About Lock Contentions - Teradata Database

Teradata Database Administration

Teradata Database
Release Number
English (United States)
Last Update
Product Category

About Lock Contentions

Teradata Database automatically locks database objects accessed by each transaction, to prevent or limit simultaneous access by other transactions. Teradata Database requests a lock on the data before a transaction begins and releases the lock when the transaction is complete.


Lock Level



Prevents write and exclusive locks. Generally caused by a SELECT.

Ensures consistency during read operations. Several users may hold concurrent read locks on the same data, during which no modification of the data is permitted.


Prevents other read, write, and exclusive locks. Generally caused by an INSERT, UPDATE, or DELETE statement.

Enables users to modify data while locking out all other users except those using access locks. Until a write lock releases, no new read or write locks are allowed.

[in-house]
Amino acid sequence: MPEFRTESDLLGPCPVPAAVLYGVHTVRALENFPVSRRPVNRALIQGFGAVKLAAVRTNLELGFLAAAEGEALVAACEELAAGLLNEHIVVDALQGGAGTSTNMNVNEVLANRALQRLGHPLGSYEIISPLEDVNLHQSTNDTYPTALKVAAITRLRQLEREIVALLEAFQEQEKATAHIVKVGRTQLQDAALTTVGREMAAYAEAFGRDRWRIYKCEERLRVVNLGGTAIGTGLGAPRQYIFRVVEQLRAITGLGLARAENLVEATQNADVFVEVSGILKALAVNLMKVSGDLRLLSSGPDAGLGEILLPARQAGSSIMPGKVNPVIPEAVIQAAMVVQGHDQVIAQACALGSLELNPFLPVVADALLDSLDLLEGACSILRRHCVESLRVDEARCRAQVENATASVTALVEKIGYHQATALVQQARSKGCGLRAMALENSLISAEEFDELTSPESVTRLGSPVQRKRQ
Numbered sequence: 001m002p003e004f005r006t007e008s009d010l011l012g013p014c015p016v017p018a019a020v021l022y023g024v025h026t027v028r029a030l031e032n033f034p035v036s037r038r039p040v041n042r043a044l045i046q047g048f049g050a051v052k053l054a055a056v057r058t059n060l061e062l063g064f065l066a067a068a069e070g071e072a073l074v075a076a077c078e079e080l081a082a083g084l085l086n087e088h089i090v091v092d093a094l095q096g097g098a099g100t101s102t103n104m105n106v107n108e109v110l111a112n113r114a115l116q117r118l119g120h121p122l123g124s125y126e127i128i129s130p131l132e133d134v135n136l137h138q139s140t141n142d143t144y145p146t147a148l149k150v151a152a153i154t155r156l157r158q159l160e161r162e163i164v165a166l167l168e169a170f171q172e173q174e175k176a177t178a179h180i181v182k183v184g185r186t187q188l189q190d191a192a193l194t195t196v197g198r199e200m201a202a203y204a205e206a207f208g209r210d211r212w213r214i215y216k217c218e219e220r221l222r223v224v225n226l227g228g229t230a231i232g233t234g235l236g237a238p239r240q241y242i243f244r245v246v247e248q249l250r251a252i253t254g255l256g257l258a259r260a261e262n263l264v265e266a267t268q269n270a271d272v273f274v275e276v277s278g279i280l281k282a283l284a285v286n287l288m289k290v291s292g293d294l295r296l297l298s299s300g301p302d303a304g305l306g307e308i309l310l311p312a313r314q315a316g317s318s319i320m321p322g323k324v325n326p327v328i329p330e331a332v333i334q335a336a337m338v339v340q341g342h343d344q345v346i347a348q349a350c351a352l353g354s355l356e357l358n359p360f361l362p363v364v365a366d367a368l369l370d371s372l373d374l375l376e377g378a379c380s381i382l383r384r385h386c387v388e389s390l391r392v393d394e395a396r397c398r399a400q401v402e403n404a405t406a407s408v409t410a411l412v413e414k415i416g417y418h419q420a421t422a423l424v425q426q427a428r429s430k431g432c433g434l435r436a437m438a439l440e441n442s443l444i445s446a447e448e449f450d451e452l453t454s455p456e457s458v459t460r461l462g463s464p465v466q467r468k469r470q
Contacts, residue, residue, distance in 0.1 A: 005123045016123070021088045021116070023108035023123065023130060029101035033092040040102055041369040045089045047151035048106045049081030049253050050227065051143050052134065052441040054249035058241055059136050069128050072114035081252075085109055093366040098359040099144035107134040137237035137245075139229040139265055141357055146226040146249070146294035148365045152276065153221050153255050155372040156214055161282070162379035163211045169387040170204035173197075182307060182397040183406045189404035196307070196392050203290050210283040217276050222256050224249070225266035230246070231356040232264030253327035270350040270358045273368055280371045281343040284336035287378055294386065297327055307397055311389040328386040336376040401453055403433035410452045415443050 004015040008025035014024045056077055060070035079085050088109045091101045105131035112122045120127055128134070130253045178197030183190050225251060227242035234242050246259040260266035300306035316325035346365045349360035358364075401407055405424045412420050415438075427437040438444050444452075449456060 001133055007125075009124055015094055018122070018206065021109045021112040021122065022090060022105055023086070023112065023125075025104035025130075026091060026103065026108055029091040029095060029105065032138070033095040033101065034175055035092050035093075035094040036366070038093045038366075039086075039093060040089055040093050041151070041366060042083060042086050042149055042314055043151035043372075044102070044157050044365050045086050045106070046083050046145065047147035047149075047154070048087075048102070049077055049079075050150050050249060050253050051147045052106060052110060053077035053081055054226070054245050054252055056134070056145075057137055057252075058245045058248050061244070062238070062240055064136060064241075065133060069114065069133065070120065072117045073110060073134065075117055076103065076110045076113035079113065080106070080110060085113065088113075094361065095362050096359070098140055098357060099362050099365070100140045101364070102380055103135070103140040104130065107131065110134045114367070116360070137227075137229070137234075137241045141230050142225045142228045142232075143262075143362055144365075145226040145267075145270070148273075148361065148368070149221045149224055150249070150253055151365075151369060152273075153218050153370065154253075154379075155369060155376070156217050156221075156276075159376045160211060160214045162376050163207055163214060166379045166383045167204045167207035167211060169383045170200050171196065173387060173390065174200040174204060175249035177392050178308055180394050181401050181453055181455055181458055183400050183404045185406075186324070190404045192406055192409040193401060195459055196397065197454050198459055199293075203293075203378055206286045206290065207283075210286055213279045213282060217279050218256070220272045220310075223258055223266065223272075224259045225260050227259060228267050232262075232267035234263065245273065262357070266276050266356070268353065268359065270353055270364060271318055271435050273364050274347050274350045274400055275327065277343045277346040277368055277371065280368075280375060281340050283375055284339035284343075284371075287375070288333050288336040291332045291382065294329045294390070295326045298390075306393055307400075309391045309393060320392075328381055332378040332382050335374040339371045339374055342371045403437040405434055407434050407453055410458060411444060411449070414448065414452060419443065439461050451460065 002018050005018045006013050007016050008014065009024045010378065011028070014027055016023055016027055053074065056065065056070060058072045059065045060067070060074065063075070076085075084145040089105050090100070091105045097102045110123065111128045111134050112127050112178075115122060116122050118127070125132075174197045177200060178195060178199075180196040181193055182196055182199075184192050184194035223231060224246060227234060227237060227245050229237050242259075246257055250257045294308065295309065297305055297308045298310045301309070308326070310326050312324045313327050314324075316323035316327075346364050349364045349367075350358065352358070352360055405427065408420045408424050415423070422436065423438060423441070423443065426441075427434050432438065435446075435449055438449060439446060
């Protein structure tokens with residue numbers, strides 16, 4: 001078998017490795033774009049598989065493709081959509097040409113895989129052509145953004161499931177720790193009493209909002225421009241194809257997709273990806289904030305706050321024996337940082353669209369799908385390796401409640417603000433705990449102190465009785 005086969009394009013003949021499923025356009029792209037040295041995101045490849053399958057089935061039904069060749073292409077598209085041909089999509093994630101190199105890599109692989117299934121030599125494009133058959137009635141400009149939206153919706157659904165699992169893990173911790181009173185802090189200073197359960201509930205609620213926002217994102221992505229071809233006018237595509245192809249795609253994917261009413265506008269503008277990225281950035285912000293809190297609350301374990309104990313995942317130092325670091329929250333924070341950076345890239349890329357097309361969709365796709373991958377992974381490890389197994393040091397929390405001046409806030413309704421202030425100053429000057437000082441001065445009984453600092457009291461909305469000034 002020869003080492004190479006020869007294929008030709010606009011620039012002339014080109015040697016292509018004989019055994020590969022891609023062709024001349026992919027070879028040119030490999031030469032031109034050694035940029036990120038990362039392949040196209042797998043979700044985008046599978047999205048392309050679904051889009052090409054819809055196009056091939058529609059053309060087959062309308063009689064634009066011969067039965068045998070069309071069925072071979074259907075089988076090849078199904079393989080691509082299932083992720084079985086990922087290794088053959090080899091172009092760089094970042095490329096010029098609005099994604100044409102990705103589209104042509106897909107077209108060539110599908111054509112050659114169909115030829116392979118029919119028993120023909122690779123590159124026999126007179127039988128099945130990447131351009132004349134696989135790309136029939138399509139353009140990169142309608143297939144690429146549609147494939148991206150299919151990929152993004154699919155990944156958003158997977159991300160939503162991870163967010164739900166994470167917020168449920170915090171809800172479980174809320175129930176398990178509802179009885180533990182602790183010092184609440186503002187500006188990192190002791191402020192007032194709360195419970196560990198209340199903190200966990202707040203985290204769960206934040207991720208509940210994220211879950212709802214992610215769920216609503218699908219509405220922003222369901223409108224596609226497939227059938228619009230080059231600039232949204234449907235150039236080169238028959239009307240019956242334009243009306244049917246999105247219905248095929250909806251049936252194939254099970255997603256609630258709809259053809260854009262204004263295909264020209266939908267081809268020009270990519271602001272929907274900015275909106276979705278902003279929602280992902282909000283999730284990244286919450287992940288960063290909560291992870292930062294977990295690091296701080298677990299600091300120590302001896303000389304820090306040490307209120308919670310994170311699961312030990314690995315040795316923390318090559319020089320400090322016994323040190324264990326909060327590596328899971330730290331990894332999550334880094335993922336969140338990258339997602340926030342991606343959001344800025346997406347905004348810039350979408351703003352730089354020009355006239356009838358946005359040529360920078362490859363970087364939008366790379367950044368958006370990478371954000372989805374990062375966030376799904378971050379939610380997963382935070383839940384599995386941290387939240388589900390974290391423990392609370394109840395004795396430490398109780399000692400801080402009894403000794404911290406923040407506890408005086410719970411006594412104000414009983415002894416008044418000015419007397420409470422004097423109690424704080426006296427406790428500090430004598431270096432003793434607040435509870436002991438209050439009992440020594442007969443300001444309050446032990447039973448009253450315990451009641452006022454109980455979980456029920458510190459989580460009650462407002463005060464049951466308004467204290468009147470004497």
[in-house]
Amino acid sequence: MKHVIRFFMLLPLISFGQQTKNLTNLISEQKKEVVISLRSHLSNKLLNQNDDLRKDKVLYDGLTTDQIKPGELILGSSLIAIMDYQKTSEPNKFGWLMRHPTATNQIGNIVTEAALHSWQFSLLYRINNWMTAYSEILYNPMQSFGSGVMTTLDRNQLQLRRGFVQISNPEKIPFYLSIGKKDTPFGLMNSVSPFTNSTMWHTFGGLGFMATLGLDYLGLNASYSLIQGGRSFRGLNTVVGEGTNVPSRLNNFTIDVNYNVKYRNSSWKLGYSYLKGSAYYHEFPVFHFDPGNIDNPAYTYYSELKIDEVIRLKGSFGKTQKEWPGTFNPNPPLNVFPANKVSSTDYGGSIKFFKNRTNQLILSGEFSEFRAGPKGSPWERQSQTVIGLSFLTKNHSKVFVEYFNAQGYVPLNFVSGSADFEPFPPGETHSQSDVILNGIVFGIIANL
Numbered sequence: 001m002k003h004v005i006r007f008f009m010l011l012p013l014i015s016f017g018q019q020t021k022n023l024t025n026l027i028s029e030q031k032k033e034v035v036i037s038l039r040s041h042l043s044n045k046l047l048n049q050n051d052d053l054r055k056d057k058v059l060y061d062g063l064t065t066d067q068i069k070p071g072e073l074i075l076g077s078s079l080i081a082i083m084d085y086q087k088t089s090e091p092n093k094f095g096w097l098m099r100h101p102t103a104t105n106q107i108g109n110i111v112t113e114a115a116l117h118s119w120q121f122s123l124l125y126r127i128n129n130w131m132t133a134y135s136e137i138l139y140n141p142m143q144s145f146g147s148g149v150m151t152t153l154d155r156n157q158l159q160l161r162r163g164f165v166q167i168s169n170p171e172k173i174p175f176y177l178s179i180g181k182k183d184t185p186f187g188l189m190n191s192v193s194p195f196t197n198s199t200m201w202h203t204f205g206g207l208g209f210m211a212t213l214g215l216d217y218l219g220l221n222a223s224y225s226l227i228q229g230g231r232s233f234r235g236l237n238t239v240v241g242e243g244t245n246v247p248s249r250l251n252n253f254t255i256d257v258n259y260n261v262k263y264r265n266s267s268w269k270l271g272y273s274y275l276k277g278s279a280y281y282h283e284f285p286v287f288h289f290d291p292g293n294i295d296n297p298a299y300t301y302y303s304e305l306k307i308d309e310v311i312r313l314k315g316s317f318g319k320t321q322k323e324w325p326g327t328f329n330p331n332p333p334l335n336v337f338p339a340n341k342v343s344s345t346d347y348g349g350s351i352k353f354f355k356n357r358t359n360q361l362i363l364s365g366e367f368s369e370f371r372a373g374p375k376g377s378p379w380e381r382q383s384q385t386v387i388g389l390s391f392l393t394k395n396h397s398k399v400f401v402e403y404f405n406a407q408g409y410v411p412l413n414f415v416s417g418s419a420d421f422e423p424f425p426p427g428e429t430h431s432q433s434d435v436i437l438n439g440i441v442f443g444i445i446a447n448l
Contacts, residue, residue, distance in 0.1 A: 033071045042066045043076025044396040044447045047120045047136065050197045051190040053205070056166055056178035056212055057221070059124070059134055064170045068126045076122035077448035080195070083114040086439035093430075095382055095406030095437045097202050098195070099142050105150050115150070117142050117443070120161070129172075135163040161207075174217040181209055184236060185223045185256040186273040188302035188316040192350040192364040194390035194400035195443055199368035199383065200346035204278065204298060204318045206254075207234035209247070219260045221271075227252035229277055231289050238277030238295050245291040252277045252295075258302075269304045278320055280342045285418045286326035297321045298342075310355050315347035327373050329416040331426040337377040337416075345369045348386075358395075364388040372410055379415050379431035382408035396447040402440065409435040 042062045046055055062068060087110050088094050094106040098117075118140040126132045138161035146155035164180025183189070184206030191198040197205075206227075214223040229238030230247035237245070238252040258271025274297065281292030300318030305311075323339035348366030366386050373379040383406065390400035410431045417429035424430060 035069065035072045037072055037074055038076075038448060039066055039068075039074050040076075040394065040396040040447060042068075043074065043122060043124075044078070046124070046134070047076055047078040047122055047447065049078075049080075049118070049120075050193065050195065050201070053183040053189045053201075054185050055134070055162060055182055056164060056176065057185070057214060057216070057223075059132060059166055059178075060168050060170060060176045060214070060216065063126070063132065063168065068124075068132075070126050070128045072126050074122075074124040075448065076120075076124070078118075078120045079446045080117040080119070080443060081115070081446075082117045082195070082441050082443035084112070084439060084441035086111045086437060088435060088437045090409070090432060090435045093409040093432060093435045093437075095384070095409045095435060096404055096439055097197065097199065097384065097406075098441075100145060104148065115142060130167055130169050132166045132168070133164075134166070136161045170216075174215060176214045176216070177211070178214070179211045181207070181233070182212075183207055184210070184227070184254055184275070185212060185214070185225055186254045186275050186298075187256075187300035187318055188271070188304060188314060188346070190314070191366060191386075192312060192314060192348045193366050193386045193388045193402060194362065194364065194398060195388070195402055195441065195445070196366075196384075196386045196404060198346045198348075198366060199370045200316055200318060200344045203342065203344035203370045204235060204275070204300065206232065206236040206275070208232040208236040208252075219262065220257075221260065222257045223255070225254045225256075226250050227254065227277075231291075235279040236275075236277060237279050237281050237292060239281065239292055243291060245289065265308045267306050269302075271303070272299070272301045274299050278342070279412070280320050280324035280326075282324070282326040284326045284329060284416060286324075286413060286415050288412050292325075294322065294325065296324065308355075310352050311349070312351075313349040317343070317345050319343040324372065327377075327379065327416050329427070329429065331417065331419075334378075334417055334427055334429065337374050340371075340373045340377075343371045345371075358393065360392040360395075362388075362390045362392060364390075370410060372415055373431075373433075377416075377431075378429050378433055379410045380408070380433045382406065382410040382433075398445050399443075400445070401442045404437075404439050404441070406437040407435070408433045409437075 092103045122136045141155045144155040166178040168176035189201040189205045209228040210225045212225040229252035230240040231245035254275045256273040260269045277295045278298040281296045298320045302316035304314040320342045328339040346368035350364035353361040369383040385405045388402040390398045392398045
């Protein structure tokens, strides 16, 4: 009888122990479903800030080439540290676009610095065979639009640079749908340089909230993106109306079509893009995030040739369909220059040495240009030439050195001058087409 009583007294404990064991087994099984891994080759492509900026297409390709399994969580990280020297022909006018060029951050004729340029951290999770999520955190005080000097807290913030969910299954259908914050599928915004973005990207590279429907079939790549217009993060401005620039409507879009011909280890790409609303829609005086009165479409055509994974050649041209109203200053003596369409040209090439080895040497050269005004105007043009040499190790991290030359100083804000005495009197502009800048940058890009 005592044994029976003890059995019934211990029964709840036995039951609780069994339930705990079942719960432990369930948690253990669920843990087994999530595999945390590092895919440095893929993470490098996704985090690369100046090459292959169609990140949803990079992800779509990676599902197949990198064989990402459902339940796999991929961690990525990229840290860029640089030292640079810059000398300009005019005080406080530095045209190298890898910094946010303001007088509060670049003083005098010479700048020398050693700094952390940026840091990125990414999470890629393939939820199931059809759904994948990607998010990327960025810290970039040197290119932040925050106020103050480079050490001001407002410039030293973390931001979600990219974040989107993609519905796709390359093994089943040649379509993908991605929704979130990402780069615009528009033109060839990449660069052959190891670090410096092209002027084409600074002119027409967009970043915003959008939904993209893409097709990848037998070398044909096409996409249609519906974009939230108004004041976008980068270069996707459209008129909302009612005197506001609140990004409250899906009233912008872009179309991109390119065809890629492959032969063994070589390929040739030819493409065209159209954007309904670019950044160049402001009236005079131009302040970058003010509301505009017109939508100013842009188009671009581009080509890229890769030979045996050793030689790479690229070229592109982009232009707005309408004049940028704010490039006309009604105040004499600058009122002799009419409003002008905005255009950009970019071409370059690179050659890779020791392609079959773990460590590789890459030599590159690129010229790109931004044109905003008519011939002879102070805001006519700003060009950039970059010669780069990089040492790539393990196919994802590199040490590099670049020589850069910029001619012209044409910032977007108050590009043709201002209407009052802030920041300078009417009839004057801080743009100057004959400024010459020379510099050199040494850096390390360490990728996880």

Prevents any other type of concurrent access. Generally caused by statements that make structural changes, for example, using an ALTER TABLE statement to add, drop, or change a column, when the statement uses the LOCKING modifier.

Exclusive locks are the most restrictive type of lock. When you hold an exclusive lock, other users cannot read or write to the data.


Prevents exclusive locks only. Caused by the LOCKING…FOR ACCESS or LOCKING…FOR LOAD COMMITTED locking modifier.

When you use the LOCKING…FOR ACCESS locking modifier you can read data while changes are in process. However, if you use this modifier, concurrent requests may access data that has not been committed, causing inconsistent results. Use this modifier for decision support on large tables that are updated only by small, single-row changes.

When you use the LOCKING…FOR LOAD COMMITTED locking modifier on load-isolated tables, you can read committed rows while concurrent changes are in process. Unlike LOCKING…FOR ACCESS, this modifier returns only committed data. For more information on Load Isolation, see “About Reading Committed Data While Loading to the Same Table” on page 136.